Immediate Release: August 10, 2011
Contact: Cyrus Reed, (512) 740-4086
Eva Hernandez, (512) 229-1550
Coastal Wind Power Helps Texas Fight Blackouts
Wind Generates 9.9% of Texas Electricity in 2011
Wind energy is playing an increasingly important
role in Texas’ electricity grid. On Monday, ERCOT
President H.B. Trip Doggett praised coastal wind
for helping prevent a crisis during record-setting
power demands stemming from an intense heat wave.
ERCOT also announced that wind energy supplied
9.9% of Texas’ total electricity from January
1 – June 30 of 2011, up from 7.8% in 20101.
Iowa also announced this week that the state
had reached a major milestone in generating 20%
of its total electricity from wind power.
"Coastal wind played a critical role
in meeting peak daytime demand during these past
few weeks," said Cyrus Reed with
the Sierra Club. "The data from coastal wind projects
indicate that capacity is even greater than previously thought.
With exciting new wind projects being considered by Austin
Energy for the City of Austin and elsewhere in the state,
we think the time is right to build more carefully-sited
coastal wind projects."
The City of Austin will hear presentations next week about
a proposed coastal wind project from Austin Energy, which
hopes to bring 291 MW of on-shore wind power into operation
by December 2012. This exciting proposal comes as Texans
are battling a proposed coal-fired power plant outside Houston
and a proposed pet-coke plant in Corpus Christi. Local residents
have expressed concern about new air pollution caused by
these plants, as well as water used for operation.
is currently baking in a severe drought, and water-intensive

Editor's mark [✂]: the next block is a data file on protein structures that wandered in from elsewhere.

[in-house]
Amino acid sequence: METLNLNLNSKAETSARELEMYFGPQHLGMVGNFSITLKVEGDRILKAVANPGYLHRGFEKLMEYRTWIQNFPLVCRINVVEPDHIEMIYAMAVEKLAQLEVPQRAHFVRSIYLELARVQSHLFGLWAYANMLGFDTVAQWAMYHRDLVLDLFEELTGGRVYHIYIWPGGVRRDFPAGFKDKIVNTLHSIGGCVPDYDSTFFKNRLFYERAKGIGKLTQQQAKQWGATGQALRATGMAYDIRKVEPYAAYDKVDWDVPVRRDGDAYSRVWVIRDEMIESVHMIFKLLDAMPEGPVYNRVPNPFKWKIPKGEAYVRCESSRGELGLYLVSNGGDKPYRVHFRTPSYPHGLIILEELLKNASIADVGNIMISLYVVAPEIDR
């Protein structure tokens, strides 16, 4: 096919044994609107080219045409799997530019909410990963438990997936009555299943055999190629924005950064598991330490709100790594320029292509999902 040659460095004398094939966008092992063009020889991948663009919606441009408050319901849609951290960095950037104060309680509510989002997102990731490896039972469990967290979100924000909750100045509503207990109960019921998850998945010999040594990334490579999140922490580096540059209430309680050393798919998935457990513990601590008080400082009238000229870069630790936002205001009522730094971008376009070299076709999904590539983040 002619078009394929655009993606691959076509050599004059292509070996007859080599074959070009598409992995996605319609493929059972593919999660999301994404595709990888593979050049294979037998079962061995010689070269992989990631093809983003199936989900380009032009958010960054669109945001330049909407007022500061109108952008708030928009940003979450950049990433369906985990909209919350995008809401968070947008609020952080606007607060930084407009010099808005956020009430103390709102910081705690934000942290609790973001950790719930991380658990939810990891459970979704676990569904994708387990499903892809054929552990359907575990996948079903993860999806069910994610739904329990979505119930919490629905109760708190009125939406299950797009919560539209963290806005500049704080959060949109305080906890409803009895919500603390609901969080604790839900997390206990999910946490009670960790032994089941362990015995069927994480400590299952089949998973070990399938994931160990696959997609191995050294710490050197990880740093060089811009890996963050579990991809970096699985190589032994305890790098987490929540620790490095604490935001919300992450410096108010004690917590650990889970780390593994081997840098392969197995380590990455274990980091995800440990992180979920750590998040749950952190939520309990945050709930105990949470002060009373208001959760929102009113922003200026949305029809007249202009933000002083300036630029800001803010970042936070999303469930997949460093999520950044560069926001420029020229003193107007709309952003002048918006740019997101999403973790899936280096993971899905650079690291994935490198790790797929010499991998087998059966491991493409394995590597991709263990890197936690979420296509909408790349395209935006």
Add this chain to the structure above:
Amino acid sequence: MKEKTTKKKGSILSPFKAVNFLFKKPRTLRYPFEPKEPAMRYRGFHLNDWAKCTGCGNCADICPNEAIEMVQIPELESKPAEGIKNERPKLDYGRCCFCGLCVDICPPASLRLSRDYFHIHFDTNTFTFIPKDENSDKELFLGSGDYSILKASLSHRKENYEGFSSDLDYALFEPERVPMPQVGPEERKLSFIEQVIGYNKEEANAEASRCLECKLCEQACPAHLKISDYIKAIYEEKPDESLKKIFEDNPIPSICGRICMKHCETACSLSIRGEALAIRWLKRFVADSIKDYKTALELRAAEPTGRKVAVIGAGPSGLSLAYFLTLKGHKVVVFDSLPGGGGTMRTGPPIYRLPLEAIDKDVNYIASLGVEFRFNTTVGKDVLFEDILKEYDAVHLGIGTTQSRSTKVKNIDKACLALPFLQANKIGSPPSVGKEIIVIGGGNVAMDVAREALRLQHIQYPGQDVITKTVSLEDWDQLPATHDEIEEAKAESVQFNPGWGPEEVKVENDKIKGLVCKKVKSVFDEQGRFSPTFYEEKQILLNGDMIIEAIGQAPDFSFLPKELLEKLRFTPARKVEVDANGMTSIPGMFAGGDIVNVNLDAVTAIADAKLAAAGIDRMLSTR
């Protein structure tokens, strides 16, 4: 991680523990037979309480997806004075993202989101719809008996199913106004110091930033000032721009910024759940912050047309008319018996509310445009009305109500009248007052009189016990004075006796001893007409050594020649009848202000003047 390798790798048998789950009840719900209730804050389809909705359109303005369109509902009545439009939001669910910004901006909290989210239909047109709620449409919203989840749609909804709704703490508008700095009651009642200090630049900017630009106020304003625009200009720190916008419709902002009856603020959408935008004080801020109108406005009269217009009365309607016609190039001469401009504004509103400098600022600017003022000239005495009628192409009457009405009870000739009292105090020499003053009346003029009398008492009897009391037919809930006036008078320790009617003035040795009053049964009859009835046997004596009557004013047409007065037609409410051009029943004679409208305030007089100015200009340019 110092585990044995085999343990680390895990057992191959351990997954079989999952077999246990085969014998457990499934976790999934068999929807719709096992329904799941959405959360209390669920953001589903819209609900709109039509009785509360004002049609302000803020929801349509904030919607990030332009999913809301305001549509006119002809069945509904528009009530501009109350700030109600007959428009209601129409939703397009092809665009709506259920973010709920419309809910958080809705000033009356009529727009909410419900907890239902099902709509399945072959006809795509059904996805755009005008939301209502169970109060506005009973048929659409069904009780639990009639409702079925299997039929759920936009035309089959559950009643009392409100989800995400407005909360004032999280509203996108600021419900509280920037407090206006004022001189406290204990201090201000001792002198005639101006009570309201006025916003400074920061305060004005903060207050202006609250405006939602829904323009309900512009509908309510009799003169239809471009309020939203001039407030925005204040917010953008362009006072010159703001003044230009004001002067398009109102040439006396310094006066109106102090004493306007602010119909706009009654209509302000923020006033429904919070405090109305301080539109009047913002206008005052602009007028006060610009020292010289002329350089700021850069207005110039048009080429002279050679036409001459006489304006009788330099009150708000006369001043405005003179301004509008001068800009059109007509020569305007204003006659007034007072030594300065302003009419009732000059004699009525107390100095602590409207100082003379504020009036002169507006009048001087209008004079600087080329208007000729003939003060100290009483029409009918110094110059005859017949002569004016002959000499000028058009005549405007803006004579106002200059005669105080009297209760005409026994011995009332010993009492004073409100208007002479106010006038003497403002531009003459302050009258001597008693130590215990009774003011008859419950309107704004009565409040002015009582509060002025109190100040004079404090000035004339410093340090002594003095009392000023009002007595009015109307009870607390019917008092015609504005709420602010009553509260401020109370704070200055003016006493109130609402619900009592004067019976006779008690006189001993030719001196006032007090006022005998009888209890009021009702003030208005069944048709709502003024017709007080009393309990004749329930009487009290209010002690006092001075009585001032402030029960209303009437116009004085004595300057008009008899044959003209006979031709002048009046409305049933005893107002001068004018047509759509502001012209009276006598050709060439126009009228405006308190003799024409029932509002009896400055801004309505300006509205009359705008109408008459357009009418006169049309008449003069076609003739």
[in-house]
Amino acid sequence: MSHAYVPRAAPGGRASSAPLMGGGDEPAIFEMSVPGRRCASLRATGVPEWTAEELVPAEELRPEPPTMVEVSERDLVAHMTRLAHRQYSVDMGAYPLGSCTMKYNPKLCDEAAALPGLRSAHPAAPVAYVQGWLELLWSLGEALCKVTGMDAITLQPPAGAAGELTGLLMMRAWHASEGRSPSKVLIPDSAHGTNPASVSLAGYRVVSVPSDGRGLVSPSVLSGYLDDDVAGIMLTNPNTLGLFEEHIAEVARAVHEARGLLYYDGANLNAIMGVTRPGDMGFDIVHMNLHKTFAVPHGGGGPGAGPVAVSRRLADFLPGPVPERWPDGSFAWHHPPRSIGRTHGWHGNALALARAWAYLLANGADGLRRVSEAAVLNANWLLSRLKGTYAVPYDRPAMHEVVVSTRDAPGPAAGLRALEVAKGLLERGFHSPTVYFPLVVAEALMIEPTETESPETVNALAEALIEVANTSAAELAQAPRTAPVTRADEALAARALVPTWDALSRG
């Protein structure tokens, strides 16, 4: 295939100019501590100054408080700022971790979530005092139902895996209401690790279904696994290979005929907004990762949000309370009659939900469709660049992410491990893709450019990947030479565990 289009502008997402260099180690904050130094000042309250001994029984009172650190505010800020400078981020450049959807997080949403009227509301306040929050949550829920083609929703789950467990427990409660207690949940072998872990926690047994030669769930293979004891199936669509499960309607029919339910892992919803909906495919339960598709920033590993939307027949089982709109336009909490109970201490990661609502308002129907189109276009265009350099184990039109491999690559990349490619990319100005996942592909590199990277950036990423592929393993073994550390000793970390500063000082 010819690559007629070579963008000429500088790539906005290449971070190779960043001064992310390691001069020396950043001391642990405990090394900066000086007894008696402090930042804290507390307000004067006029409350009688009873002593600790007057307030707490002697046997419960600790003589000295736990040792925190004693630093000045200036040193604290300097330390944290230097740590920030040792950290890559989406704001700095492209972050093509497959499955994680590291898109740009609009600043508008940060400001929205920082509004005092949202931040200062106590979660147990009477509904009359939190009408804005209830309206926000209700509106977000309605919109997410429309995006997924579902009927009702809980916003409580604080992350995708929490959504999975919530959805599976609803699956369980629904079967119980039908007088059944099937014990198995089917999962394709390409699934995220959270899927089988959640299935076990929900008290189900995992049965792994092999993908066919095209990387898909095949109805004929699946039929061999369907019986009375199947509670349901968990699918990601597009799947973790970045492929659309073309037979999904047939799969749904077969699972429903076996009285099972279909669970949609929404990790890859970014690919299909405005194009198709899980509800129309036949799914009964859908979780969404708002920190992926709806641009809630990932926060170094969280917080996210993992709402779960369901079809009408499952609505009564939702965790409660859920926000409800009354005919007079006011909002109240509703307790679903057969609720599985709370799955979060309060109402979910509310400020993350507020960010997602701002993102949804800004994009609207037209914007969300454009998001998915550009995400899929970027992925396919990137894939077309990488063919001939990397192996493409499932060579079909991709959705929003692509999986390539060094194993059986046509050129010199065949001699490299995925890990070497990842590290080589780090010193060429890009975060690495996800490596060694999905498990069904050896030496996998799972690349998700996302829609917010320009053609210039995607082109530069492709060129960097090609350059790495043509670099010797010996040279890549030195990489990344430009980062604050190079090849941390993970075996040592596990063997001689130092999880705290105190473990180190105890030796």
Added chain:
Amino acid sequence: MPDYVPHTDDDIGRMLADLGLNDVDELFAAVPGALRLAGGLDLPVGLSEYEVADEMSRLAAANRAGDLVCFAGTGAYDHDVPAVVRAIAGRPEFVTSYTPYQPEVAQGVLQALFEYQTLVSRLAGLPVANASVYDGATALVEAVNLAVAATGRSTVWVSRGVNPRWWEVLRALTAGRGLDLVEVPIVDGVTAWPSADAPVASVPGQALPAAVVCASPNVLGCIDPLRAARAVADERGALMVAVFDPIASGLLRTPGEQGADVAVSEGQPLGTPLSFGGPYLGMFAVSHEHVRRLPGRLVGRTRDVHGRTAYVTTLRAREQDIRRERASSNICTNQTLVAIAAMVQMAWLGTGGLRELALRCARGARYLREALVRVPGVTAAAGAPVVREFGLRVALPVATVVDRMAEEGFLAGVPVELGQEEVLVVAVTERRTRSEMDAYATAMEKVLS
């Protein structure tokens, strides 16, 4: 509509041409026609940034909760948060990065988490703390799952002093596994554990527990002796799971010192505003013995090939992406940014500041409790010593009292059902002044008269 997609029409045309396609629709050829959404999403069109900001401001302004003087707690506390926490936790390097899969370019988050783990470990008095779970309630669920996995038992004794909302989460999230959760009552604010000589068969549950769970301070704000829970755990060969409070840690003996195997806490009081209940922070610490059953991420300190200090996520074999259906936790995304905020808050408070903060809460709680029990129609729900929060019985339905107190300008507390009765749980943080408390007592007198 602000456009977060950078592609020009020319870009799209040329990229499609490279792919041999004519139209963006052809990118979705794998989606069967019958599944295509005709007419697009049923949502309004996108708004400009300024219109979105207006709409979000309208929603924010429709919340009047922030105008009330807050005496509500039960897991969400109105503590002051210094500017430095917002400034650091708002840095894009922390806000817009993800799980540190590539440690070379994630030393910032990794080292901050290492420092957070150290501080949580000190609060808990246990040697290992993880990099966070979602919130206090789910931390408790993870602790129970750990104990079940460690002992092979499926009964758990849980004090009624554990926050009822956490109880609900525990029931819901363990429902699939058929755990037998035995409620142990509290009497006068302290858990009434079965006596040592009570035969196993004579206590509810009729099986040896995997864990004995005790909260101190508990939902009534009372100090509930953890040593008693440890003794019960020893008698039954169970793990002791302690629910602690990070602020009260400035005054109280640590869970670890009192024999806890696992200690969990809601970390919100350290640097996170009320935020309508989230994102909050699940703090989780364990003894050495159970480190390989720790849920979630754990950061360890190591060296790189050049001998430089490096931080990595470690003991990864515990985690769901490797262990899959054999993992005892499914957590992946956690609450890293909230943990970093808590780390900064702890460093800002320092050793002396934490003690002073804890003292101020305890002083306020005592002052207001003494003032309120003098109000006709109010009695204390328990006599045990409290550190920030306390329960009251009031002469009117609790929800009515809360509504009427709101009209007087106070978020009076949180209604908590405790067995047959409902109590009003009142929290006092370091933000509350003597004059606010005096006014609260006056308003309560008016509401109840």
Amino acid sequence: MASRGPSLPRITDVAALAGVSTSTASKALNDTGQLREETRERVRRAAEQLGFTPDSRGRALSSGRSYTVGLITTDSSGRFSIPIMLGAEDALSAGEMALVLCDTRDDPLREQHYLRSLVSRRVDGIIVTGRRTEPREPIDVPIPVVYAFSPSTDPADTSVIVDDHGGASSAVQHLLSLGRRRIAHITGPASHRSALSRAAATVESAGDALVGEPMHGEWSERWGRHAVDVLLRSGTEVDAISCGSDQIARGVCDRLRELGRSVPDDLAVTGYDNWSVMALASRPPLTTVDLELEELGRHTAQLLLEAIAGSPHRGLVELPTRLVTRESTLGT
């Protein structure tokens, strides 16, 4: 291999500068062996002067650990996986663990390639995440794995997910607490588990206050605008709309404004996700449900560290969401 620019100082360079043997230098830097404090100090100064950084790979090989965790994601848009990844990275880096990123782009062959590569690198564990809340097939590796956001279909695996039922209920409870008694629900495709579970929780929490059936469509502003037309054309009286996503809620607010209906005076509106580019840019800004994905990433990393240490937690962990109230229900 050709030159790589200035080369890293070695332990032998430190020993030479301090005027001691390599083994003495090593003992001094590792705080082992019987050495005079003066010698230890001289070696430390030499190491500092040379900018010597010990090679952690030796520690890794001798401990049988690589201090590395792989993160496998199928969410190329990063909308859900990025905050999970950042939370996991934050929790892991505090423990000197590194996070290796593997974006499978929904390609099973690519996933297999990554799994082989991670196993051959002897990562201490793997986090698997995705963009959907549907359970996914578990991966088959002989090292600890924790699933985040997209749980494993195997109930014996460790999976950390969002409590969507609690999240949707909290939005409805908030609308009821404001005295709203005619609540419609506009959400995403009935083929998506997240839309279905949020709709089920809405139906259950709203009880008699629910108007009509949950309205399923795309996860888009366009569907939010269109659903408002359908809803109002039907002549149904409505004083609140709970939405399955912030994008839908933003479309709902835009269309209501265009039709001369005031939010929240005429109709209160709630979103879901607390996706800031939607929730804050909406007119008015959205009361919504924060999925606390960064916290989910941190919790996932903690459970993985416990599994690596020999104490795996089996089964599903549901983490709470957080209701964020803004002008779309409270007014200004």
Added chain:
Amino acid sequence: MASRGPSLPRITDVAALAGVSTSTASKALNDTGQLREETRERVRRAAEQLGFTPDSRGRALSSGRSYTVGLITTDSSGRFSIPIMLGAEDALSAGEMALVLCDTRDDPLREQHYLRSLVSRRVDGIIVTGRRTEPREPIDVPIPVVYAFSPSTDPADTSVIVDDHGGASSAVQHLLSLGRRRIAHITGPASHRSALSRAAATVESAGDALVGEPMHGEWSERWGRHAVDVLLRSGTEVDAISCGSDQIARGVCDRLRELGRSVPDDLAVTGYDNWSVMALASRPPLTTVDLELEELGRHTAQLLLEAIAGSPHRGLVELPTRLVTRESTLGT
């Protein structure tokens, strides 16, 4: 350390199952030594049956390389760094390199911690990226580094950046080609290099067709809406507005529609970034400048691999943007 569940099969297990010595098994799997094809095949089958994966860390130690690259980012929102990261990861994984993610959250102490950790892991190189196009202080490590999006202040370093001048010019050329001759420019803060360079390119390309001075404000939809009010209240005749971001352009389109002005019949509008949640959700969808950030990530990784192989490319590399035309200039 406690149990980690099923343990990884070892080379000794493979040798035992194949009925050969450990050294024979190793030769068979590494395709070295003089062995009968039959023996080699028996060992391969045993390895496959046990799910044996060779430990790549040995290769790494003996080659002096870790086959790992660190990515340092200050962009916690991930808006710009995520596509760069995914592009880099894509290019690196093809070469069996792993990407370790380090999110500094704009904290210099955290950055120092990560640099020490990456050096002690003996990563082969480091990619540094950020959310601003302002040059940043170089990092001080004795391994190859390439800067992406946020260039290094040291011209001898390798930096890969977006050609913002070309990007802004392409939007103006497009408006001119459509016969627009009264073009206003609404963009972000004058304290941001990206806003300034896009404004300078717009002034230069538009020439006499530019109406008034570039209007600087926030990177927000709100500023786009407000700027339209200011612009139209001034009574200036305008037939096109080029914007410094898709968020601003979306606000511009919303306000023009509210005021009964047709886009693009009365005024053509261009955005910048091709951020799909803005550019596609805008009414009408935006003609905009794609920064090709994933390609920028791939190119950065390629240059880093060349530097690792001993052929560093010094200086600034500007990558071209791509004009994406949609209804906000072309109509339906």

energy production is slowing as a result. Hydraulic fracturing,
a method to extract natural gas, is highly water-intensive
and has slowed in the Eagle Ford Shale as a result of low
water levels. Wind energy requires no water to operate, unlike
hydraulic fracturing, coal, nuclear, and natural gas-fired
San Antonio Mayor Julián Castro recently
announced plans to build a 400-MW solar generating facility
outside the city, the largest proposed solar facility in
the nation. "Coastal wind has great potential to meet Texas’ electricity
needs and serve as an economic boon to our communities on
the Gulf. Solar also represents a huge opportunity to diversify
our electricity grid and generate clean, safe, homegrown
electricity," said Eva Hernandez of the Sierra Club.
These exciting announcements come during Sierra Club’s Clean
Air Week, celebrating clean air safeguards that protect public
health and the environment. With EPA expected to release
new ozone safeguards soon, coastal wind energy represents
an opportunity to meet Texas’ electricity needs without the
air pollution from traditional coal-fired or pet coke-fired